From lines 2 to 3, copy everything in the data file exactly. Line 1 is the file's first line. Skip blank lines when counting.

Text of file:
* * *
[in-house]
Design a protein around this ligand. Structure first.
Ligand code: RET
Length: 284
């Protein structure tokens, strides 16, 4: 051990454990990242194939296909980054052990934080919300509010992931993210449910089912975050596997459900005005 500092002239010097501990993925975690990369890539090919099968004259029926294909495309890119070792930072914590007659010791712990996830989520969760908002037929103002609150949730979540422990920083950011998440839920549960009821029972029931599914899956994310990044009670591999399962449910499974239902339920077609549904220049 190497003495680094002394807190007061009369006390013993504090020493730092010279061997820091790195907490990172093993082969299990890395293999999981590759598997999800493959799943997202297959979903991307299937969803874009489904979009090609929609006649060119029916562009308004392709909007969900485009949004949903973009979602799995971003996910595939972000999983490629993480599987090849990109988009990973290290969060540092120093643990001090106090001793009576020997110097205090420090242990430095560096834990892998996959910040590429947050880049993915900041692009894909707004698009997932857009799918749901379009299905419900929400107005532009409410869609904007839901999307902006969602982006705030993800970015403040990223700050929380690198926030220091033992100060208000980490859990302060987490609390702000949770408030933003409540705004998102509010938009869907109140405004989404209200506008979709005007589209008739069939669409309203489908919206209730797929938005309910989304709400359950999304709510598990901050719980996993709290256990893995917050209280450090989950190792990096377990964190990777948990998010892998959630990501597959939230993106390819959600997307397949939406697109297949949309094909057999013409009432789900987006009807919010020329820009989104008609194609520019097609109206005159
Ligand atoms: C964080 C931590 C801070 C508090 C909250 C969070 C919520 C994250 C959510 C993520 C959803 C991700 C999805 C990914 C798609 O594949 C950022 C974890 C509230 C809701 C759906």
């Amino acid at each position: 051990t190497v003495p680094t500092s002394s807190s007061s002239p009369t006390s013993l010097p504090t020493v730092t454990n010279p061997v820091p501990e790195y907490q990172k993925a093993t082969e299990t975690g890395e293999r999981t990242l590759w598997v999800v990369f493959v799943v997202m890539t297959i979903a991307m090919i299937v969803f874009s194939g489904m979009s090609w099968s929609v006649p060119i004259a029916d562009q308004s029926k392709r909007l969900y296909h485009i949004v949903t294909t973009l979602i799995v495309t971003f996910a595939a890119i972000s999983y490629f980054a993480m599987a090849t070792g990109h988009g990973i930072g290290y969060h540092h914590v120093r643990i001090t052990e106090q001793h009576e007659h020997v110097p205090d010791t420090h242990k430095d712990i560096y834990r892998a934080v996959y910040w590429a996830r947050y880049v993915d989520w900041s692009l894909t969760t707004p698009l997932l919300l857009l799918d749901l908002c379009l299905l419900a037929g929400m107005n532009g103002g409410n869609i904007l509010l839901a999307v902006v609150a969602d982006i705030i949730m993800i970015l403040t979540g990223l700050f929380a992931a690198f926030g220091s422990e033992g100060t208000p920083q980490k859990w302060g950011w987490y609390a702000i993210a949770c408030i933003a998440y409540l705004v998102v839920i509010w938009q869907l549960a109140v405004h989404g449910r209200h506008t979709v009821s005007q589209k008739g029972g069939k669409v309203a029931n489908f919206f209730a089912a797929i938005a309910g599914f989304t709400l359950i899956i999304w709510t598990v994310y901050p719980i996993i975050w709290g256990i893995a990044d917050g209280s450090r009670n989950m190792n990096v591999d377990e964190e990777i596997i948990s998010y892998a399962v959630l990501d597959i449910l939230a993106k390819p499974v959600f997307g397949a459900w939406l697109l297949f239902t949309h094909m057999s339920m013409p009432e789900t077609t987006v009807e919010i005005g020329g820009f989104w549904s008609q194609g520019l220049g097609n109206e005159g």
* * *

Design a protein around this ligand. Structure first.
Ligand code: RET